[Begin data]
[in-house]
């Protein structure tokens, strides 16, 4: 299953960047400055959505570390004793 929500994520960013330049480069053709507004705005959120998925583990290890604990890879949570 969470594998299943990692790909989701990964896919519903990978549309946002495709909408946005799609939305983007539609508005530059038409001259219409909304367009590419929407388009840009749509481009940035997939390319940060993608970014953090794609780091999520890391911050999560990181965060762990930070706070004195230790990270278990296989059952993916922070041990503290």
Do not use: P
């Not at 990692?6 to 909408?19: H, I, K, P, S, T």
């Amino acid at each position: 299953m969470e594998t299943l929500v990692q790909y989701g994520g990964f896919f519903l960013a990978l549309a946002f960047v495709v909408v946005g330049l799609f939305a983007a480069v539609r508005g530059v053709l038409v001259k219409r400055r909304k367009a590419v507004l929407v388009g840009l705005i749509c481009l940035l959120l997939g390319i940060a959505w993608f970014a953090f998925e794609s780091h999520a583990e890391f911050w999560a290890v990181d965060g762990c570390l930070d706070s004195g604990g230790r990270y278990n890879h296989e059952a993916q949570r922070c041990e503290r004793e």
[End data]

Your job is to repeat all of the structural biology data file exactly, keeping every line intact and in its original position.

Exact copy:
[in-house]
């Protein structure tokens, strides 16, 4: 299953960047400055959505570390004793 929500994520960013330049480069053709507004705005959120998925583990290890604990890879949570 969470594998299943990692790909989701990964896919519903990978549309946002495709909408946005799609939305983007539609508005530059038409001259219409909304367009590419929407388009840009749509481009940035997939390319940060993608970014953090794609780091999520890391911050999560990181965060762990930070706070004195230790990270278990296989059952993916922070041990503290």
Do not use: P
């Not at 990692?6 to 909408?19: H, I, K, P, S, T």
């Amino acid at each position: 299953m969470e594998t299943l929500v990692q790909y989701g994520g990964f896919f519903l960013a990978l549309a946002f960047v495709v909408v946005g330049l799609f939305a983007a480069v539609r508005g530059v053709l038409v001259k219409r400055r909304k367009a590419v507004l929407v388009g840009l705005i749509c481009l940035l959120l997939g390319i940060a959505w993608f970014a953090f998925e794609s780091h999520a583990e890391f911050w999560a290890v990181d965060g762990c570390l930070d706070s004195g604990g230790r990270y278990n890879h296989e059952a993916q949570r922070c041990e503290r004793e």